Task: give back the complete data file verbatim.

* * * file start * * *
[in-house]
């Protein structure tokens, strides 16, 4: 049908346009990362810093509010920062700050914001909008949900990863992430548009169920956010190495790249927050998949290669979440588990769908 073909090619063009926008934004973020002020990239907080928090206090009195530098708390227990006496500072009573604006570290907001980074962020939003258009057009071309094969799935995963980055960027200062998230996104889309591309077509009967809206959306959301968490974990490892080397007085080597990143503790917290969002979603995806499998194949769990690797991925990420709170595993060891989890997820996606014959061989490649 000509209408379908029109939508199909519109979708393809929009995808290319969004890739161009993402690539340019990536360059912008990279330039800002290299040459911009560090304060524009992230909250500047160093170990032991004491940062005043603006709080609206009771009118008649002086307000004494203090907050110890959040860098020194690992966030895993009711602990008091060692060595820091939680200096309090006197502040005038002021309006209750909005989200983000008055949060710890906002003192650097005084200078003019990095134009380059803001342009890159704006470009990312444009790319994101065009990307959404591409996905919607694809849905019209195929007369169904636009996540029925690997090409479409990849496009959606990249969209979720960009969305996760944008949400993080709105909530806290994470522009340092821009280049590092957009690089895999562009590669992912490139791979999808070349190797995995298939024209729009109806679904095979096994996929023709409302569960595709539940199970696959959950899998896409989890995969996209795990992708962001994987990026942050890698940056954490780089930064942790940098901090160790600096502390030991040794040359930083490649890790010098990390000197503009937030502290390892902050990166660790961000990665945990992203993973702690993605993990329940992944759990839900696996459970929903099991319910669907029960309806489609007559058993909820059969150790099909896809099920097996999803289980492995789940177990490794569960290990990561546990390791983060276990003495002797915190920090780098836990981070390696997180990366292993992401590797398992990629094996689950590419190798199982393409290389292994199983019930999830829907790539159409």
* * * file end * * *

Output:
[in-house]
């Protein structure tokens, strides 16, 4: 049908346009990362810093509010920062700050914001909008949900990863992430548009169920956010190495790249927050998949290669979440588990769908 073909090619063009926008934004973020002020990239907080928090206090009195530098708390227990006496500072009573604006570290907001980074962020939003258009057009071309094969799935995963980055960027200062998230996104889309591309077509009967809206959306959301968490974990490892080397007085080597990143503790917290969002979603995806499998194949769990690797991925990420709170595993060891989890997820996606014959061989490649 000509209408379908029109939508199909519109979708393809929009995808290319969004890739161009993402690539340019990536360059912008990279330039800002290299040459911009560090304060524009992230909250500047160093170990032991004491940062005043603006709080609206009771009118008649002086307000004494203090907050110890959040860098020194690992966030895993009711602990008091060692060595820091939680200096309090006197502040005038002021309006209750909005989200983000008055949060710890906002003192650097005084200078003019990095134009380059803001342009890159704006470009990312444009790319994101065009990307959404591409996905919607694809849905019209195929007369169904636009996540029925690997090409479409990849496009959606990249969209979720960009969305996760944008949400993080709105909530806290994470522009340092821009280049590092957009690089895999562009590669992912490139791979999808070349190797995995298939024209729009109806679904095979096994996929023709409302569960595709539940199970696959959950899998896409989890995969996209795990992708962001994987990026942050890698940056954490780089930064942790940098901090160790600096502390030991040794040359930083490649890790010098990390000197503009937030502290390892902050990166660790961000990665945990992203993973702690993605993990329940992944759990839900696996459970929903099991319910669907029960309806489609007559058993909820059969150790099909896809099920097996999803289980492995789940177990490794569960290990990561546990390791983060276990003495002797915190920090780098836990981070390696997180990366292993992401590797398992990629094996689950590419190798199982393409290389292994199983019930999830829907790539159409």